eli manning, coming and going

words: david roth

 

On Sunday, before the New York Giants lost for the 11th time in 13 games, the home fans gave Eli Manning a standing ovation. Manning, who is 39, had been benched a week earlier in favor of Geno Smith, a 30-year-old who had previously washed out with the New York Jets, the Giants’ longtime roommate and troubled cousin. The coach who eventually benched Manning was the same man whose hiring Eli had advocated two years ago. The Giants fired that coach and the general manager who hired him earlier in the week. Manning is the only quarterback ever to lead his team to a win over a Tom Brady-led Patriots team in the Super Bowl. Even if you watched him do it, you would not believe that he is the man for the job, but he has done it twice. This, even as he reaches the end, is what is strange and special about Eli Manning—he is goofy, gape-mouthed, prone to some truly avant-garde decision, and then suddenly he is kissed by the universe and golden, or anyway suddenly something much more than he appeared to be.

 

Brady, the greatest NFL quarterback of his generation and maybe any other, deals in a more practical sort of magic. He wins and wins, and has stayed great later into his career than would seem possible, but also he sleeps in smart pajamas. He would prefer that you call them “bioceramic sleepwear”—he would very much prefer that you do this, in fact, given that the aforementioned Smart Pajamas™ are part of Brady’s nascent TB12 lifestyle brand. Brady continues to be brilliant at his impossibly difficult job in ways and at an age that no other player has ever been, but at the age of 40 he has both broader concerns and broader ambitions.

 

All of them appear to involve himself and his success, to be fair, but we tend to grade things on a curve where NFL quarterbacks are concerned. The things that must be crowded out of a person’s soul in order to be the way that NFL quarterbacks are invariably leaves them seeming somehow unknowable. The two are twinned, by necessity. To not just suffer but cultivate an all-devouring competitiveness, and so to become beings of pure accumulation and accomplishment, is to become something very, very strange. When identifiable symptoms of humanity present, however briefly, through all that, the effect is uncanny in the extreme. It is not surprising that Brady’s personal passion is Finding Ways To More Fully Be Tom Brady, really. But it is something, sort of, a distorted voice from the bottom of a very deep well. It sounds like the voice is just saying “Tom Brady,” but the news is that there’s anyone down there at all.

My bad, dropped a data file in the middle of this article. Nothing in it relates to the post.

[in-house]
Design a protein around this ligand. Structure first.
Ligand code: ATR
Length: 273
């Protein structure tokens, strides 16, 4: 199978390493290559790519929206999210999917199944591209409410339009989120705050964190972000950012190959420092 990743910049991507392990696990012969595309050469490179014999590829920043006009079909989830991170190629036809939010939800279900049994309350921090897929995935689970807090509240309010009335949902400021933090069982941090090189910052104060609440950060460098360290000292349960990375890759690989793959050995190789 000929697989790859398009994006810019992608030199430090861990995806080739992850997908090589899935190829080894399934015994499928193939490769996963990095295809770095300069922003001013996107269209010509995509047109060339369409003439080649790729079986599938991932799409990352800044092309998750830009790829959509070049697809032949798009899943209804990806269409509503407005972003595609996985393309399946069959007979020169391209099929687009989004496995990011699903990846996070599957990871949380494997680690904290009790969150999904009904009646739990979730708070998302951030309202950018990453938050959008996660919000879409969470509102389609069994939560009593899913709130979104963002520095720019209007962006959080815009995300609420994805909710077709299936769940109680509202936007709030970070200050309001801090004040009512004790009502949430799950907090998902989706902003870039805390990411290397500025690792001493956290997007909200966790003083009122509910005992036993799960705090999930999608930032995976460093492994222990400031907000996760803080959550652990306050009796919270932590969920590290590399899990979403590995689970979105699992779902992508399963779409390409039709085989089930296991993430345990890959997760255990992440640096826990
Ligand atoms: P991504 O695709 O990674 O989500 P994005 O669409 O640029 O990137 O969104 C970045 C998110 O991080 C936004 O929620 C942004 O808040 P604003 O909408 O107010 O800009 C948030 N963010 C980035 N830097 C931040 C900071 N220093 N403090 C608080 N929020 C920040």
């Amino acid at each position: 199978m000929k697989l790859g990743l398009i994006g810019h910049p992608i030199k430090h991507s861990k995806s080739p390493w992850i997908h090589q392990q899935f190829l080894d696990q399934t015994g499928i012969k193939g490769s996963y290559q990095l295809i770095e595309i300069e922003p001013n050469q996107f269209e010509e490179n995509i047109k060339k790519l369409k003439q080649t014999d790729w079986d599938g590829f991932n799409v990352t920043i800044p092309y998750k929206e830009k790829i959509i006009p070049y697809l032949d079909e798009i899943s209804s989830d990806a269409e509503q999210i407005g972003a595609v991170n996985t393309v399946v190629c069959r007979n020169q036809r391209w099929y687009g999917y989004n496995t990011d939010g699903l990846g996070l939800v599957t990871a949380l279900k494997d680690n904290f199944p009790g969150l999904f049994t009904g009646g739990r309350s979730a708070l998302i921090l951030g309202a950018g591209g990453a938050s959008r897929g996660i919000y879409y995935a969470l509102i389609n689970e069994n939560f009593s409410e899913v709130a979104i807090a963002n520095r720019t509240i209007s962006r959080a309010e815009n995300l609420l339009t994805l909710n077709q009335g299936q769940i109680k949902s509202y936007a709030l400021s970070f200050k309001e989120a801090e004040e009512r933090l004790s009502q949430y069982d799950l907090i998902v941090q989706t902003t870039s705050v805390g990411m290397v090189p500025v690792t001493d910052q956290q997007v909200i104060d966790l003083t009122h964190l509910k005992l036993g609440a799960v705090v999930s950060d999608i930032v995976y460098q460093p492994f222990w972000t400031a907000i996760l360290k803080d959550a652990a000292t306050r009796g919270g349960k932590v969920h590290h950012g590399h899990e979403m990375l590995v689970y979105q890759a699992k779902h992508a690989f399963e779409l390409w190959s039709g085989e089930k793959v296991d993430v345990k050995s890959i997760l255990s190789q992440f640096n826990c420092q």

So yes: Tom Brady would like to tell you about the benefits of a very expensive and specifically branded version of hydration. He has some joyless scientistic recipes involving zucchini “noodles” to relay and some suggestions regarding how readers that stick to his exercise program—it’s called The TB12 Method, and his big new book’s subtitle explains it as a way “to Achieve a Lifetime of Sustained Peak Performance”—might become immune to physical injury or sunburn, as Brady now earnestly believes himself to be. Brady will sell you as much of this as you’re willing to buy. For $19.99 a month or $199.99 a year, Tom Brady will sell you a subscription to these solutions, in conjunction with the strange and multiply discredited Performance Doctor who is Brady’s partner in the pursuit of perfection.

 

There is no good reason for Brady to have pivoted so hard to hucksterism, just as there is no science that shows people become immune to sunburn if they’re sufficiently hydrated. But if anyone can make this pitch credible, it’s Brady. No one has ever done what he has done; no one has ever done what he is doing. If he thinks it is because he drinks a specific type of water or sleeps in a particularly astute pair of pajamas or practices “pliability,” he is absolutely free to believe it. There are many more respectable ways to signal your endorsement for something than Getting High On Your Own Supply, but it still qualifies as an endorsement.